(c) Bonnie Dobson (1960) (as "The Silkie of Sule Skerry")
Vinyl Album - Bonnie Dobson - Sings She's Like A Swallow And Other Folk Songs - Prestige International - USA
Bonnie Dobson - She's Like A Swallow And Other Folk Songs (Vinyl, LP, Album) at Discogs
(c) Oscar Brand (1960) (as "Great Selchie of Shule Skerry")
Various - Newport Folk Festival, 1960 (Vinyl, LP) at Discogs
(c) Joan Baez (1961) (as "Silkie")
Vinyl Album - Joan Baez - Joan Baez Vol 2 - Vanguard - UK
Joan Baez - Joan Baez, Vol. 2 (Vinyl, LP, Album) at Discogs
(c) The Highwaymen (1962) (as "The Great Silkie")
Vinyl Album - The Highwaymen - Standing Room Only! - United Artists - USA
(c) Judy Collins (1962) (as "Great Selchie of Shule Skerry")
Vinyl Album - Judy Collins - Golden Apples Of The Sun - Elektra - USA
Judy Collins - Golden Apples Of The Sun (Vinyl, LP) at Discogs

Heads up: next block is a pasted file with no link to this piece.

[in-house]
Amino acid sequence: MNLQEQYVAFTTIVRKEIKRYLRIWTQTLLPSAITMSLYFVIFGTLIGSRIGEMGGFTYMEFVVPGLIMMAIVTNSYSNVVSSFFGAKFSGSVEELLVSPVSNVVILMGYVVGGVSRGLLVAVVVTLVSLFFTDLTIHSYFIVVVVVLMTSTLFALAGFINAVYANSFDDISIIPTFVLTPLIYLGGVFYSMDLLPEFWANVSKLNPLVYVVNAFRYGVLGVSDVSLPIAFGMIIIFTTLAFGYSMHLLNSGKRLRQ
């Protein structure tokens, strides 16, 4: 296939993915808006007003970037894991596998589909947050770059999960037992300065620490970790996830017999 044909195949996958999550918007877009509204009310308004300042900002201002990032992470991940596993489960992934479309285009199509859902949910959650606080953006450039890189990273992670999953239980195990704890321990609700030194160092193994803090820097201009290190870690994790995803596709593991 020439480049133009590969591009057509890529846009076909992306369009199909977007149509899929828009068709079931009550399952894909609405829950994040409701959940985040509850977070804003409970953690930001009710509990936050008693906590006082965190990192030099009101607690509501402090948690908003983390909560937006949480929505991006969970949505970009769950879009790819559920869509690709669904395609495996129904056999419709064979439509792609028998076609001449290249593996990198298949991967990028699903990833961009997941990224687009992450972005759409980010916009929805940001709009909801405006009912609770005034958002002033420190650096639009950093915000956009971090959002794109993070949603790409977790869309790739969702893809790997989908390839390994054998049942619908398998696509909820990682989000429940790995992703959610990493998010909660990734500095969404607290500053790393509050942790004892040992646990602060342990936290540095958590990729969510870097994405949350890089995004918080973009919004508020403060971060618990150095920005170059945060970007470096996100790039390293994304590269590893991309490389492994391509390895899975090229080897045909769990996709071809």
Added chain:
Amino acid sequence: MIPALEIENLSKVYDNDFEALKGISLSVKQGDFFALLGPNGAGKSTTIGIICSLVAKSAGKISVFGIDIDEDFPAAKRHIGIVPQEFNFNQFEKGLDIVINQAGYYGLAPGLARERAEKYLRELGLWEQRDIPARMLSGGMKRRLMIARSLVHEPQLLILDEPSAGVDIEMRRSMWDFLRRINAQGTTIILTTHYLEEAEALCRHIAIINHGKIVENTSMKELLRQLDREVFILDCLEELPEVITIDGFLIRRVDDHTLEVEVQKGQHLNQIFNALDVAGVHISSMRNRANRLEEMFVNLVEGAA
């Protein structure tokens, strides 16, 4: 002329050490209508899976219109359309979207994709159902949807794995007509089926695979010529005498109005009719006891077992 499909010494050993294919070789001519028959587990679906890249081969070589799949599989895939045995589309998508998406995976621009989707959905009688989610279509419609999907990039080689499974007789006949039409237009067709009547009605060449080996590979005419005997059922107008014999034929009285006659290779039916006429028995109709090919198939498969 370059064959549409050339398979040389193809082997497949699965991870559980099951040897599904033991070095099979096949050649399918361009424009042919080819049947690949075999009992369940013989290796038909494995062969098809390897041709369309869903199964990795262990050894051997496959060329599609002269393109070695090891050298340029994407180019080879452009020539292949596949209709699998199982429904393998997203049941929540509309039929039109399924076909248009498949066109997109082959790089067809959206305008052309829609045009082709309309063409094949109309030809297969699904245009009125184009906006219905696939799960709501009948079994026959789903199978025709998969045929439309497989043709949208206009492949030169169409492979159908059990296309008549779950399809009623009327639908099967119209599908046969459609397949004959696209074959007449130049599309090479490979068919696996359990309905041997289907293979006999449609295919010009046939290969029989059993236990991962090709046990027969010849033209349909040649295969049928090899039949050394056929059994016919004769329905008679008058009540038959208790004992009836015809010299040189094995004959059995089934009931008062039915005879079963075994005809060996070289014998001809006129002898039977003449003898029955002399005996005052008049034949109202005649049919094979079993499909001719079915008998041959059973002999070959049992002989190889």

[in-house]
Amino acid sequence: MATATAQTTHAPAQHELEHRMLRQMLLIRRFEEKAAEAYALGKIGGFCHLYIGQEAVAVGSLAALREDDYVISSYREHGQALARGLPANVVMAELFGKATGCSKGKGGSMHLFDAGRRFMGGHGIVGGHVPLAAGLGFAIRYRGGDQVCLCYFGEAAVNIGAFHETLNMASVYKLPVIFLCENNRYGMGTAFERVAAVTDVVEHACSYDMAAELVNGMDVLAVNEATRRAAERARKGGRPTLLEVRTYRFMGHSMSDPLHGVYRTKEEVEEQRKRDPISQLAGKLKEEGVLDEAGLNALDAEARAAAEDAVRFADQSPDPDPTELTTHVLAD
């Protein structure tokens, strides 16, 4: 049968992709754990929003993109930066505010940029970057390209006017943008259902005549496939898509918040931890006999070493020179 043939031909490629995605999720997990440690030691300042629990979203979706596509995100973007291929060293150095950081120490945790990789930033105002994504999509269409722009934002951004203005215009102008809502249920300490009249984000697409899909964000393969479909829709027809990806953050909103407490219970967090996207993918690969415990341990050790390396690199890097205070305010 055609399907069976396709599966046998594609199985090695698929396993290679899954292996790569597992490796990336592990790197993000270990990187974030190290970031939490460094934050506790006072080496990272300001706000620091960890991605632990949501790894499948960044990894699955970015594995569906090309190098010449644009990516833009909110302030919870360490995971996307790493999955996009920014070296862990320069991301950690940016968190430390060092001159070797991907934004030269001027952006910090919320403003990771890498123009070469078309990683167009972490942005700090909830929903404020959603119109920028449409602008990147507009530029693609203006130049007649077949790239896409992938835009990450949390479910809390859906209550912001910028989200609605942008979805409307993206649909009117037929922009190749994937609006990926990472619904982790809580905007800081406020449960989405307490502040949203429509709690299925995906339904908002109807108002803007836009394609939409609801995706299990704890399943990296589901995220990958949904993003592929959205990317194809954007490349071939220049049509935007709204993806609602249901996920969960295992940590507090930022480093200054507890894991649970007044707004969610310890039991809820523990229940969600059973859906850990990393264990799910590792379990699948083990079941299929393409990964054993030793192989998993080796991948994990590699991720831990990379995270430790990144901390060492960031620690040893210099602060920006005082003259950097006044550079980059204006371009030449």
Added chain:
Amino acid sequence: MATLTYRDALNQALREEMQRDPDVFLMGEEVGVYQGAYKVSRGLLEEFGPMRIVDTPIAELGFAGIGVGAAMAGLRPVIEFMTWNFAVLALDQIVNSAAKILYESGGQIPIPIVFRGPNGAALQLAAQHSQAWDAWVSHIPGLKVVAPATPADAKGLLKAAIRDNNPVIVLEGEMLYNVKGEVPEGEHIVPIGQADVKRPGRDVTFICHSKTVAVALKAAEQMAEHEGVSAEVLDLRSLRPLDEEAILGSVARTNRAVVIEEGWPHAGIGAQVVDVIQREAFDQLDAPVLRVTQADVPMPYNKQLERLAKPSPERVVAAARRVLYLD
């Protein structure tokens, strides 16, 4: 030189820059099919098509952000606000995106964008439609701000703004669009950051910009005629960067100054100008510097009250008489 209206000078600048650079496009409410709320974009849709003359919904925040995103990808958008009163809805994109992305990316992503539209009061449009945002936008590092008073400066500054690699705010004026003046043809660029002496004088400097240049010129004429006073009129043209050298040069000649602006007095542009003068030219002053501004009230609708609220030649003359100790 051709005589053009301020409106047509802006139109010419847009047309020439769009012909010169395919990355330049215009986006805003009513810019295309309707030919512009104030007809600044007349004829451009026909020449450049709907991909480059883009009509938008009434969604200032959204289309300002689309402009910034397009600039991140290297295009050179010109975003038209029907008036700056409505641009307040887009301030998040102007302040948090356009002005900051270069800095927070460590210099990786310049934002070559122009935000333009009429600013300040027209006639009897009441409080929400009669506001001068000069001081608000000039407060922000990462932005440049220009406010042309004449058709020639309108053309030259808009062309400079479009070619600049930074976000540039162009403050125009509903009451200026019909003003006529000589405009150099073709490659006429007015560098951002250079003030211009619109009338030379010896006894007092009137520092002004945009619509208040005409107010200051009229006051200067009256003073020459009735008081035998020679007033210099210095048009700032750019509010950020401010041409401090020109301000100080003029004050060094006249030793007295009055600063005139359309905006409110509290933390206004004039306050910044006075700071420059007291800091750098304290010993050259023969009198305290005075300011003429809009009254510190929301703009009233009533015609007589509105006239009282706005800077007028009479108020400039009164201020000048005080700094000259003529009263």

(c) The Homesteaders (1962) (as "The Silkie")
The Homesteaders - Railroad Bill (Vinyl, LP) at Discogs
Vinyl Album - The Homesteaders - Railroad Bill - Riverside - USA
Richard L. Hess Web Pages - Judy Collins Early Recordings
(c) The Halifaxx Three (1963) (as "The Great Silky")
The Halifax Three - The San Francisco Bay Blues And The Rest Of Our Best (Vinyl, LP, Album) at Discogs
(c) The Big 3 (1964) (as "Silkie")
Vinyl Album - The Big Three (USA) - Live At The Recording Studio - FM [USA] - USA
The Big 3 - Live At The Recording Studio (Vinyl, LP, Album) at Discogs
(c) Gram Parsons (1964) (as "The Great Silkie")
Unreleased solo performance.
CD Album - Gram Parsons - The Early Years Vol. 1 & 2 - Sierra - USA
Listen to a sample here: The Early Years, Vols. 1 & 2 - Gram Parsons
(c) John Denver (1968) (as "The Great Silkie")
Vinyl Album - Various Artists - Something To Sing About! - MOS - USA
Various - Something To Sing About! (Vinyl, LP) at Discogs
(c) Trees (1970) (as "The Great Silkie")
Vinyl Album - Trees - The Garden Of Jane Delawney - CBS - UK
Trees (3) - The Garden Of Jane Delawney (Vinyl, LP, Album) at Discogs
Vinyl Album - The Corries - Live At The Royal Lyceum Theatre, Edinburgh - Columbia - UK
(c) Jean Redpath (1975) (as "The Grey Silkie")
Jean Redpath - Jean Redpath (Vinyl, LP, Album) at Discogs
(c) Maddy Prior (1999) (as "Great Silkie of Sules Skerry")
Maddy Prior: Ravenchild
Maddy Prior - Ravenchild (CD, Album) at Discogs